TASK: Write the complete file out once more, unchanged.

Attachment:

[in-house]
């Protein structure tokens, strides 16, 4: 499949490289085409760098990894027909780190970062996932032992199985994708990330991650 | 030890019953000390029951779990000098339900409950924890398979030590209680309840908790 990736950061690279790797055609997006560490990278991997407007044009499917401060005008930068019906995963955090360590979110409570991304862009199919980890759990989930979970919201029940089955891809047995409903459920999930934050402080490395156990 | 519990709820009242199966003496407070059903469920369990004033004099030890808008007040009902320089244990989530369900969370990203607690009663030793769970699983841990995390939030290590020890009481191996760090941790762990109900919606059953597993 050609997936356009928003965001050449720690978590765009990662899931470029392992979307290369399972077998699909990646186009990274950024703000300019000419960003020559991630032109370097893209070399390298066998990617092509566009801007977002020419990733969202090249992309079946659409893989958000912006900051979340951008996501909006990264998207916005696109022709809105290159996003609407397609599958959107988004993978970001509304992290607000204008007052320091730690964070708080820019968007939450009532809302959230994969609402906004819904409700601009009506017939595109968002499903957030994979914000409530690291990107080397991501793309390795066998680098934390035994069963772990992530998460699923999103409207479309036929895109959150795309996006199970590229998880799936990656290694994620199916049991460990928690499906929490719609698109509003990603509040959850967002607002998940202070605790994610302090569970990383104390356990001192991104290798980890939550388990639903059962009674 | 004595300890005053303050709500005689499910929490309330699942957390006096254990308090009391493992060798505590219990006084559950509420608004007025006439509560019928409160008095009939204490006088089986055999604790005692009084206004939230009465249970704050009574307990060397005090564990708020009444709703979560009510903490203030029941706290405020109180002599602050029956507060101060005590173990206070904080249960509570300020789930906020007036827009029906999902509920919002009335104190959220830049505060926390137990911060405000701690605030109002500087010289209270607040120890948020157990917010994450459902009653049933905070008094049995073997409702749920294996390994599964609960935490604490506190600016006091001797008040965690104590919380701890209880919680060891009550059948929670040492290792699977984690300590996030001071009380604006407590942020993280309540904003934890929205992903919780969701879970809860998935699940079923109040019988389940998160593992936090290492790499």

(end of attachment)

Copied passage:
[in-house]
């Protein structure tokens, strides 16, 4: 499949490289085409760098990894027909780190970062996932032992199985994708990330991650 | 030890019953000390029951779990000098339900409950924890398979030590209680309840908790 990736950061690279790797055609997006560490990278991997407007044009499917401060005008930068019906995963955090360590979110409570991304862009199919980890759990989930979970919201029940089955891809047995409903459920999930934050402080490395156990 | 519990709820009242199966003496407070059903469920369990004033004099030890808008007040009902320089244990989530369900969370990203607690009663030793769970699983841990995390939030290590020890009481191996760090941790762990109900919606059953597993 050609997936356009928003965001050449720690978590765009990662899931470029392992979307290369399972077998699909990646186009990274950024703000300019000419960003020559991630032109370097893209070399390298066998990617092509566009801007977002020419990733969202090249992309079946659409893989958000912006900051979340951008996501909006990264998207916005696109022709809105290159996003609407397609599958959107988004993978970001509304992290607000204008007052320091730690964070708080820019968007939450009532809302959230994969609402906004819904409700601009009506017939595109968002499903957030994979914000409530690291990107080397991501793309390795066998680098934390035994069963772990992530998460699923999103409207479309036929895109959150795309996006199970590229998880799936990656290694994620199916049991460990928690499906929490719609698109509003990603509040959850967002607002998940202070605790994610302090569970990383104390356990001192991104290798980890939550388990639903059962009674 | 004595300890005053303050709500005689499910929490309330699942957390006096254990308090009391493992060798505590219990006084559950509420608004007025006439509560019928409160008095009939204490006088089986055999604790005692009084206004939230009465249970704050009574307990060397005090564990708020009444709703979560009510903490203030029941706290405020109180002599602050029956507060101060005590173990206070904080249960509570300020789930906020007036827009029906999902509920919002009335104190959220830049505060926390137990911060405000701690605030109002500087010289209270607040120890948020157990917010994450459902009653049933905070008094049995073997409702749920294996390994599964609960935490604490506190600016006091001797008040965690104590919380701890209880919680060891009550059948929670040492290792699977984690300590996030001071009380604006407590942020993280309540904003934890929205992903919780969701879970809860998935699940079923109040019988389940998160593992936090290492790499």